Humans first arrived in the region we today call Georgia more than eleven thousand years ago. They developed systems of governance, economic sustainability, and cultural spirituality. As groups became more sophisticated, traditions and customs were passed along to preserve a unique heritage.
This segment shows ways in which today’s Cherokees are transmitting the remnants of their culture to the younger generation in an attempt to preserve what is left. Cherokee cultural traditions in food preparation, language, and songs and dances are shown.
Should the Cherokee maintain their own culture resisting that of the white man, or should they give up their ways and adopt those of white settlers? They tried to adapt to white society with the ultimate result being their virtual disappearance from Georgia. Cherokee John Standingdeer recounts the legend.
Cherokee John Standingdeer describes how his family was named and why knowing it mattered to him. He explains how Native Americans were self sufficient and lived off the land prior to the arrival of Europeans and how a growing dependency on the white man’s steel tools and weapons led to Indians adopting the white man’s ways, eroding their culture further.
Archaeologist John Worth of the Fernbank Museum of Natural History takes us on a dig at Raccoon Ridge near Madison, in Morgan County. He explains how the shapes, designs, and the composition of artifacts can be interpreted to tell the story of native cultures.
Hernando de Soto and his men, already rich from fighting with the Incas in South America, arrived in La Florida searching for gold. Jerald Milanich, an archaeologist at the University of Florida, explains the conquistadors’ success.
Diamond Brown, a Cherokee dancer, describes how corn is the foodstuff responsible for prehistoric Native Americans flourishing in Georgia. Through interviews, reenactments, and visits to significant Native American sites in Georgia, the story of the changing culture of Indians from their arrival and existence as wandering hunters to the development of the mound building culture unfolds.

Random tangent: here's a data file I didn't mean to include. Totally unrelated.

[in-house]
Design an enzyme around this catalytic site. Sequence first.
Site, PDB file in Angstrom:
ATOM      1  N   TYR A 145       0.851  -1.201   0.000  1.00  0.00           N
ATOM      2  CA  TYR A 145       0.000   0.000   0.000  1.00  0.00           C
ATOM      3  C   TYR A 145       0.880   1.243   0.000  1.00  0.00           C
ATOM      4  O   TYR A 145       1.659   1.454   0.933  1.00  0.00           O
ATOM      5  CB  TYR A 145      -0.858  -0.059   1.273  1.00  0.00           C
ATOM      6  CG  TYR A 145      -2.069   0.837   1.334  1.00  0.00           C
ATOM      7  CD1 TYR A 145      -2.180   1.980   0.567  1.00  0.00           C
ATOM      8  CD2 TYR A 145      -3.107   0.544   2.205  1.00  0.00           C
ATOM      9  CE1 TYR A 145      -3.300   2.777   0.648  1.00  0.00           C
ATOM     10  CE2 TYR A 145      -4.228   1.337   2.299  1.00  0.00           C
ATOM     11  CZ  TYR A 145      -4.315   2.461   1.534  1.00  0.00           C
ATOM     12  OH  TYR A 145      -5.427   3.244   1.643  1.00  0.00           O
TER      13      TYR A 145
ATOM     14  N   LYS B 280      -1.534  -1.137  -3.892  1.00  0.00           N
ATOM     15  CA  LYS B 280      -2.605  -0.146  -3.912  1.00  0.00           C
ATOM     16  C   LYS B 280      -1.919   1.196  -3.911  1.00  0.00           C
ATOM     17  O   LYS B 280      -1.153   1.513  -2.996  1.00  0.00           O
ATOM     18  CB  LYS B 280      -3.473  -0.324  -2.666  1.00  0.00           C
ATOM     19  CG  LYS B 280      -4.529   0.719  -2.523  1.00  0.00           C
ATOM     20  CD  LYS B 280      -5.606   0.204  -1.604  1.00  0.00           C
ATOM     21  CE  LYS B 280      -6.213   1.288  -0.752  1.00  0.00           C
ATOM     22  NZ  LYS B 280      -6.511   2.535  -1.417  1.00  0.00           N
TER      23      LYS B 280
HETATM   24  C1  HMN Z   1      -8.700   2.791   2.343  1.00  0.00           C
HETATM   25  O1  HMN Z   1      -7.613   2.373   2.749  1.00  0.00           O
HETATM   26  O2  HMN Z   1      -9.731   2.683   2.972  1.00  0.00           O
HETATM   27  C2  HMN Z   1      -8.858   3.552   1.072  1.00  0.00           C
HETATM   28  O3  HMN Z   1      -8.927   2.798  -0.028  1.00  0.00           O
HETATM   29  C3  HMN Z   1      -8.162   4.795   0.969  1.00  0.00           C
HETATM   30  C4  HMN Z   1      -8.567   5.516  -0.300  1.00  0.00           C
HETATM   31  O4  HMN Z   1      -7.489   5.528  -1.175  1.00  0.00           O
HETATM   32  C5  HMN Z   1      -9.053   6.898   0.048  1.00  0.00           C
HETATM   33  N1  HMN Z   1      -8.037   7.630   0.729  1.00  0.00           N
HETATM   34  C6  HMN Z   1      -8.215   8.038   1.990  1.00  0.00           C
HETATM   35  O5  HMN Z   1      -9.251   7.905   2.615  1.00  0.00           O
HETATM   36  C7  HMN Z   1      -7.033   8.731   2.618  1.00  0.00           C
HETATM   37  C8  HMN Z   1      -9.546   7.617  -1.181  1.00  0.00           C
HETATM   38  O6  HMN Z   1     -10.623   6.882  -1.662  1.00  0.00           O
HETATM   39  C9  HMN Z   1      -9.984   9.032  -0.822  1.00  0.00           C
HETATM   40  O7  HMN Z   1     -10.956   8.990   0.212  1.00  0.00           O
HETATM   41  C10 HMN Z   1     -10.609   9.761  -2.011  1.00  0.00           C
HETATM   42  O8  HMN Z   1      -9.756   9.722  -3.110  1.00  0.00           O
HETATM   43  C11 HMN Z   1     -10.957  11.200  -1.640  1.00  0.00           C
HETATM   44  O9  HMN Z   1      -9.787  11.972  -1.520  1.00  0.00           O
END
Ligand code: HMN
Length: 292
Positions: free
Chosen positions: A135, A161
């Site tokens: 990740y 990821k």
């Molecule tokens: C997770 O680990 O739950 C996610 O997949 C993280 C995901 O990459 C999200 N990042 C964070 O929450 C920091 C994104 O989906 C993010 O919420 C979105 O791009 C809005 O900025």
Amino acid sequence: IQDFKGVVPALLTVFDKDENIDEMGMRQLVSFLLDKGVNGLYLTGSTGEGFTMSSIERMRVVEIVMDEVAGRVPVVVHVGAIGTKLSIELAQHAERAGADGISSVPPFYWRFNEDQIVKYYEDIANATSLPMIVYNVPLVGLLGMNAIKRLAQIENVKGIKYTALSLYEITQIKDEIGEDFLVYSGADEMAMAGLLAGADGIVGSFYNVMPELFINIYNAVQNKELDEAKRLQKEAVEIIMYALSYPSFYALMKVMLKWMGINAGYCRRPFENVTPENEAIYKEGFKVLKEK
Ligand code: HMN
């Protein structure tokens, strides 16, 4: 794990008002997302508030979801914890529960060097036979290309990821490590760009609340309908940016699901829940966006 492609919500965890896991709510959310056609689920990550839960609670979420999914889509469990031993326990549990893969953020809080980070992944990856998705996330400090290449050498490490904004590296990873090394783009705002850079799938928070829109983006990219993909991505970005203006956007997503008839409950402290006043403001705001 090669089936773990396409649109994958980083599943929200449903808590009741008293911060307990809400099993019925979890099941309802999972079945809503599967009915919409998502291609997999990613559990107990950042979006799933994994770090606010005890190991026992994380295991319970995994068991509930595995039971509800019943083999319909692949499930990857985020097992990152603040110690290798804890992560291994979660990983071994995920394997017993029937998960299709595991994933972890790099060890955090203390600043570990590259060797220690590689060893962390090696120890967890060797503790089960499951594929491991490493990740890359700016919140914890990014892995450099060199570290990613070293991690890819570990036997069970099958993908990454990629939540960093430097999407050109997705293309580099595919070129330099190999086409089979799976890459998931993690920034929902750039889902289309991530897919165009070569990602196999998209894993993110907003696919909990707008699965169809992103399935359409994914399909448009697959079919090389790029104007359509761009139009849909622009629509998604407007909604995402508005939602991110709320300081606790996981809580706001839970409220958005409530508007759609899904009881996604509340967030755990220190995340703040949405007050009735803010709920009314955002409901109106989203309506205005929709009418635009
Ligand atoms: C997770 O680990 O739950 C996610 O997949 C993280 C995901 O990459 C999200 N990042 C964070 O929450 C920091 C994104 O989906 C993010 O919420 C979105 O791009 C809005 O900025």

Primitive cultures living in Georgia thousands of years ago made everything they needed. Today it is important to the surviving native cultures to continue practicing the skills and sharing the traditions that ensured survival. A Cherokee carver, and a storyteller and musician describe ceremonial mask, weapons, tools, and the language of Georgia's Native Americans.
Native Americans used stories, many still told today, to explain the unknowable and to help them understand the world. Because they believed that everything in nature had life, even rocks, clouds, and thunder, many Indian stories or myths personify objects in their explanations of events.
Cherokee stone carver Freeman Owle, Cherokee potter Amanda Swimmer, and Driver Pheasant, a storyteller, explain how prehistoric cultures taught their art and stories to the next generation, passing down cultural traditions so they will survive in the absence of written language.
In the years after the American Revolution, Georgia experienced a period of infrastructure building, increased economic growth, and the associated movement of its state capital. As settlers expanded westward seeking opportunity and Native Americans were forcefully compressed into the same limited territories, relationships among these culturally diverse groups became increasingly tense.
The Creek Nation virtual field trip examines lives of the Creek Indians prior to the arrival of the first settlers in Georgia, the fight to remain on their land, and...
Overview: Here you will learn why if you want a job done right, you probably should NOT do it yourself. At least, you shouldn't do every job yourself.